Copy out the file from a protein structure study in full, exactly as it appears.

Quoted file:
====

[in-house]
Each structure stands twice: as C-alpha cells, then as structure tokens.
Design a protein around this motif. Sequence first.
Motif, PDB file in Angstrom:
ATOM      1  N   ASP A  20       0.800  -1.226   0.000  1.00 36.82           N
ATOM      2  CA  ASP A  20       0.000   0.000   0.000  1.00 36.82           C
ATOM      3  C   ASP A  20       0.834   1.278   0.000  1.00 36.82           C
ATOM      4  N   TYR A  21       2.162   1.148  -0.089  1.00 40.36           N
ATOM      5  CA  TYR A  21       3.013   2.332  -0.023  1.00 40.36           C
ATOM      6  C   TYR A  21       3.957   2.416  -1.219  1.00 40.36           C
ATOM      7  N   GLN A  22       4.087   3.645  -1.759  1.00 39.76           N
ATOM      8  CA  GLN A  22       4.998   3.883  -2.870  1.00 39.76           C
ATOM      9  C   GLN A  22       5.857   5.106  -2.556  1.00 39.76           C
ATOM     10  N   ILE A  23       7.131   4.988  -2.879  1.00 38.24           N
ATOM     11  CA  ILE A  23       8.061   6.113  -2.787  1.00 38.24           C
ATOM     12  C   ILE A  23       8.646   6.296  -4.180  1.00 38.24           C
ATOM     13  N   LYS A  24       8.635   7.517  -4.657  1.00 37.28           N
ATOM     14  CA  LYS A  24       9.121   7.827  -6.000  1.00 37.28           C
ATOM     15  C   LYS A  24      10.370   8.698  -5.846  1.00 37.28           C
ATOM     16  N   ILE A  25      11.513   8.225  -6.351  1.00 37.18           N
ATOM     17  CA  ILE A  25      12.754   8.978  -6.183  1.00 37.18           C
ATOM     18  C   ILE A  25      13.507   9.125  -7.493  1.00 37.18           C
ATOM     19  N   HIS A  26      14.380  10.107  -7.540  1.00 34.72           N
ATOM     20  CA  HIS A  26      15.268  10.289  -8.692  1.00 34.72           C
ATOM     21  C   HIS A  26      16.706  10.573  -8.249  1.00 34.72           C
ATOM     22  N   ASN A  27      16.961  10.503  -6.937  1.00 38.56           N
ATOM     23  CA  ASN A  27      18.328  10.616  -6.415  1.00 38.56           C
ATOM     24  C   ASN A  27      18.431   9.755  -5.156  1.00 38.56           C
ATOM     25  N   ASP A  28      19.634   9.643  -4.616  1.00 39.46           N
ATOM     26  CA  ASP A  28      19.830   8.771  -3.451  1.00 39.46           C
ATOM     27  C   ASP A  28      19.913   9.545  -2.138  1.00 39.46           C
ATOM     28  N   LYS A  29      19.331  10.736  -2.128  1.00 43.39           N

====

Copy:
[in-house]
Each structure stands twice: as C-alpha cells, then as structure tokens.
Design a protein around this motif. Sequence first.
Motif, PDB file in Angstrom:
ATOM      1  N   ASP A  20       0.800  -1.226   0.000  1.00 36.82           N
ATOM      2  CA  ASP A  20       0.000   0.000   0.000  1.00 36.82           C
ATOM      3  C   ASP A  20       0.834   1.278   0.000  1.00 36.82           C
ATOM      4  N   TYR A  21       2.162   1.148  -0.089  1.00 40.36           N
ATOM      5  CA  TYR A  21       3.013   2.332  -0.023  1.00 40.36           C
ATOM      6  C   TYR A  21       3.957   2.416  -1.219  1.00 40.36           C
ATOM      7  N   GLN A  22       4.087   3.645  -1.759  1.00 39.76           N
ATOM      8  CA  GLN A  22       4.998   3.883  -2.870  1.00 39.76           C
ATOM      9  C   GLN A  22       5.857   5.106  -2.556  1.00 39.76           C
ATOM     10  N   ILE A  23       7.131   4.988  -2.879  1.00 38.24           N
ATOM     11  CA  ILE A  23       8.061   6.113  -2.787  1.00 38.24           C
ATOM     12  C   ILE A  23       8.646   6.296  -4.180  1.00 38.24           C
ATOM     13  N   LYS A  24       8.635   7.517  -4.657  1.00 37.28           N
ATOM     14  CA  LYS A  24       9.121   7.827  -6.000  1.00 37.28           C
ATOM     15  C   LYS A  24      10.370   8.698  -5.846  1.00 37.28           C
ATOM     16  N   ILE A  25      11.513   8.225  -6.351  1.00 37.18           N
ATOM     17  CA  ILE A  25      12.754   8.978  -6.183  1.00 37.18           C
ATOM     18  C   ILE A  25      13.507   9.125  -7.493  1.00 37.18           C
ATOM     19  N   HIS A  26      14.380  10.107  -7.540  1.00 34.72           N
ATOM     20  CA  HIS A  26      15.268  10.289  -8.692  1.00 34.72           C
ATOM     21  C   HIS A  26      16.706  10.573  -8.249  1.00 34.72           C
ATOM     22  N   ASN A  27      16.961  10.503  -6.937  1.00 38.56           N
ATOM     23  CA  ASN A  27      18.328  10.616  -6.415  1.00 38.56           C
ATOM     24  C   ASN A  27      18.431   9.755  -5.156  1.00 38.56           C
ATOM     25  N   ASP A  28      19.634   9.643  -4.616  1.00 39.46           N
ATOM     26  CA  ASP A  28      19.830   8.771  -3.451  1.00 39.46           C
ATOM     27  C   ASP A  28      19.913   9.545  -2.138  1.00 39.46           C
ATOM     28  N   LYS A  29      19.331  10.736  -2.128  1.00 43.39           N